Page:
Pakistani Prime Ministersaid Monday that the government unanimously plans to try former military ruler Pervez Musharraf for treason.
Musharraf ousted Sharif in a coup in 1999. This decision, however, may invite the wrath of the country's powerful army, according to analysts.
The announcement that the government was filing charges against Musharraf was made after consulting other political parties. Sharif said the government agrees with the Supreme Court's decision, according to which Musharraf committed treason under Article 6 of the constitution when he announced a state of emergency in 2007 and suspended the constitution.
Sharif said in the parliament, "The prime minister is under oath to protect, preserve and defend the constitution and it is implicit in his oath that his government ensures that persons guilty of acts under Article 6 are brought to justice.”
He further said, "Musharraf has to answer for all his deeds in court."
This would be the first time a military ruler would be tried for treason in Pakistan, which has seen three military coups in its 66-year-old history.
Sharif said, "The federal government will proceed in accordance with the law and also take political forces into confidence through a consultative process so that the collective will and wisdom of the people of Pakistan is duly reflected in further process in this behalf."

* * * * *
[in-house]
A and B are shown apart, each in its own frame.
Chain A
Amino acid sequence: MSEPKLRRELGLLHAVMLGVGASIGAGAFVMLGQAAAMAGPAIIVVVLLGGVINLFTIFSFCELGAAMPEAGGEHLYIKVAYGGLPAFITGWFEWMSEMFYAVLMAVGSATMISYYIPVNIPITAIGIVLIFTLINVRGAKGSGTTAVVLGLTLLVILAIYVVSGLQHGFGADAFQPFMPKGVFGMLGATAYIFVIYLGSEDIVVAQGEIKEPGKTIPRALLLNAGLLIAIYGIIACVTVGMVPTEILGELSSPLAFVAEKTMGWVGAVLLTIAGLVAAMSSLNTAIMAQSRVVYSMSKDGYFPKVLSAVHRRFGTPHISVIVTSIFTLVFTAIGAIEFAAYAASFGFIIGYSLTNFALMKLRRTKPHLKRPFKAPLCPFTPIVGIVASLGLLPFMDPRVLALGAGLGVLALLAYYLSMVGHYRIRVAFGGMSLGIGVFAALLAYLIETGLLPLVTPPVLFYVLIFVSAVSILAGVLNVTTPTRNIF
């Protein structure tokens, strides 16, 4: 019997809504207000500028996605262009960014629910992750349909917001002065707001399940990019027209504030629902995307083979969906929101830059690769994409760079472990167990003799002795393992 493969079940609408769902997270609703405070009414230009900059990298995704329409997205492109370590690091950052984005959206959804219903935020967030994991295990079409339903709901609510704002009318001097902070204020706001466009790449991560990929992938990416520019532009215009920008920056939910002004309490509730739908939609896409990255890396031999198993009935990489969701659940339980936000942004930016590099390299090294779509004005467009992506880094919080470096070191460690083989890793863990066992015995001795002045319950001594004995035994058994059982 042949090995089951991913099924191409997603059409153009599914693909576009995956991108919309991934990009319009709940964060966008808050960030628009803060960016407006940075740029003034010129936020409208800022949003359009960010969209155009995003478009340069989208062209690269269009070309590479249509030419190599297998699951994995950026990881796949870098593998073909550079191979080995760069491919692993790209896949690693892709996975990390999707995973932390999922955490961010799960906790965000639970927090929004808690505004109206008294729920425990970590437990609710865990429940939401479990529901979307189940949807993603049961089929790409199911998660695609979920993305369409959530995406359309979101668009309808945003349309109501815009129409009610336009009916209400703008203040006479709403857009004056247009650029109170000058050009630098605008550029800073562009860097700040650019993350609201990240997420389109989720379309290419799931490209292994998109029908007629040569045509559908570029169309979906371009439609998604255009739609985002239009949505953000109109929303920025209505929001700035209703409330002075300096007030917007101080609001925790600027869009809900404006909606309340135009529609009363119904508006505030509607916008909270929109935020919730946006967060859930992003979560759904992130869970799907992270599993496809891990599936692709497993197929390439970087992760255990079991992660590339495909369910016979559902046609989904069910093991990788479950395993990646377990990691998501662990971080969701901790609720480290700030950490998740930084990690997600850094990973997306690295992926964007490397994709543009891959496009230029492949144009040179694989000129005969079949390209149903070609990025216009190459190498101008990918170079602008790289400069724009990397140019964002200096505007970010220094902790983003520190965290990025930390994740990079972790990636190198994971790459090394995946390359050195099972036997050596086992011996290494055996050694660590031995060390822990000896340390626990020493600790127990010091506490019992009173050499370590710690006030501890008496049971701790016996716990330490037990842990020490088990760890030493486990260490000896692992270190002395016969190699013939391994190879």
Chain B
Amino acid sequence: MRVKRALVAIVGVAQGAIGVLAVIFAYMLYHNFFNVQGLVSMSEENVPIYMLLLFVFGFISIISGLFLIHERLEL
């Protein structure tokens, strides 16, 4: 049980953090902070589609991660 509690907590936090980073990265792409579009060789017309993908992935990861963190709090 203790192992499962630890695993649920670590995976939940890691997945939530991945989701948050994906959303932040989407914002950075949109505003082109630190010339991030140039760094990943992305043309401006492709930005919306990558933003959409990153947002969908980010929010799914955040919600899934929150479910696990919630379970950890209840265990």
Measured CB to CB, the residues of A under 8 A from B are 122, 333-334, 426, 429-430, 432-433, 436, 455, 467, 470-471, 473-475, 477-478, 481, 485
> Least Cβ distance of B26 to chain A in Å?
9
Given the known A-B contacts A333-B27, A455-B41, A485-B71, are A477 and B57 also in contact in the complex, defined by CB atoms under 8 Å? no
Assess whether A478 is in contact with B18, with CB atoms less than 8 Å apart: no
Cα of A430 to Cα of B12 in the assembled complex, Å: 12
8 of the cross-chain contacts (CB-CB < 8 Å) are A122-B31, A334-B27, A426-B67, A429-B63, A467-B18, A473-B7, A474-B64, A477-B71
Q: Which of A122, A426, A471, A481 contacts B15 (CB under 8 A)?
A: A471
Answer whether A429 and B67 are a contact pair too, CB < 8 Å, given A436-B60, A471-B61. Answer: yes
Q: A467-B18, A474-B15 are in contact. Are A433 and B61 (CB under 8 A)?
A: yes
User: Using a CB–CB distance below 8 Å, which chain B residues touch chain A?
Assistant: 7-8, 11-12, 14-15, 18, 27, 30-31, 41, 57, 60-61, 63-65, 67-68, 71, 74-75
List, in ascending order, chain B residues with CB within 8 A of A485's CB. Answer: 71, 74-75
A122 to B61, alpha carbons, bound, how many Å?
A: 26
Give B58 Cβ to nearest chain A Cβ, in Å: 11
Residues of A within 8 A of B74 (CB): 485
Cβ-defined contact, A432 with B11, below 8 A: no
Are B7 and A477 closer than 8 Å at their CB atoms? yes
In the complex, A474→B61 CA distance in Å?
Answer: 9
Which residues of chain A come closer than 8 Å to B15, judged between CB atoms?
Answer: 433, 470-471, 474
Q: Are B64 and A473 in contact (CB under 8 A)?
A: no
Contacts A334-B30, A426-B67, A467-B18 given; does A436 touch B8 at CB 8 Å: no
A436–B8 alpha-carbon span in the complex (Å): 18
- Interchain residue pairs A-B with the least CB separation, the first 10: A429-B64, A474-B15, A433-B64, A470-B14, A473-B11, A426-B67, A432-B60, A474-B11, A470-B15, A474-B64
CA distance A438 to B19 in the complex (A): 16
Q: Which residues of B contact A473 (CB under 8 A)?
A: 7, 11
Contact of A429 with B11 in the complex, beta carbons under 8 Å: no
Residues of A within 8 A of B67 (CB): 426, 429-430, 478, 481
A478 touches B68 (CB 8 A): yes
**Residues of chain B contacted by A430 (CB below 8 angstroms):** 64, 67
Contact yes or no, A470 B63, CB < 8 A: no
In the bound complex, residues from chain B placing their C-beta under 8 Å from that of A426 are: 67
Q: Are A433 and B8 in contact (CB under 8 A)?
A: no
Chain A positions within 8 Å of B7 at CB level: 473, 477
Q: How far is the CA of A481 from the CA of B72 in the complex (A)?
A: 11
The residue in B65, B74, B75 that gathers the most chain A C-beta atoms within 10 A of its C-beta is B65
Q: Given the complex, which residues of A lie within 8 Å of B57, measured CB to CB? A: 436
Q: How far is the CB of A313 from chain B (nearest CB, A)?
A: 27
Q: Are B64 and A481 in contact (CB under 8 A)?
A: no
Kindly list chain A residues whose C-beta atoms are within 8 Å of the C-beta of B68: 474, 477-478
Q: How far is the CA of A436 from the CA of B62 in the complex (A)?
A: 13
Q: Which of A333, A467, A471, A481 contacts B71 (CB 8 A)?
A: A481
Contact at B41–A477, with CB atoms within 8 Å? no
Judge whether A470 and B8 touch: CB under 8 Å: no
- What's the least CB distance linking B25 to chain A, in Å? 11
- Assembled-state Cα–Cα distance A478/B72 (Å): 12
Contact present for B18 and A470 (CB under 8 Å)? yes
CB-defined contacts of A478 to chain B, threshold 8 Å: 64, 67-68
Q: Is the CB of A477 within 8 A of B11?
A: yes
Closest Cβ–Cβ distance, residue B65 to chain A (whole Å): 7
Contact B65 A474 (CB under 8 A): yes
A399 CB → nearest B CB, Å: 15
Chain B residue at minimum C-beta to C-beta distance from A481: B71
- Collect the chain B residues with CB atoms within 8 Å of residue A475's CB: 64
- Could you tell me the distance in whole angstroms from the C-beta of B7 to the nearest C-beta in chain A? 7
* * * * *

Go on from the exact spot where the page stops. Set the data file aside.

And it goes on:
Lawmakers of Pakistan People's Party and Pakistan Tehreek-e-Insaf, the two main opposition parties, said they fully supported the government's plan to try Musharraf for treason.
Pakistan Tehreek-e-Insaf lawmaker Shah Mahmood Qureshi said, "If we are going to strengthen democracy in this country and establish democratic norms, the only way is to follow the constitution and abide by the law.”
Musharraf is at the time under house arrest because of another case against him. He could face the death penalty or life in prison, but some analysts think that this might not happen, as the army, the most powerful institution of the land, might intervene to prevent it.
Musharraf came back to Pakistan in March after a self-imposed exile. He wanted to participate in general elections in May, but was disqualified because of his actions while in power. He was then placed under house arrest and not allowed to leave the country.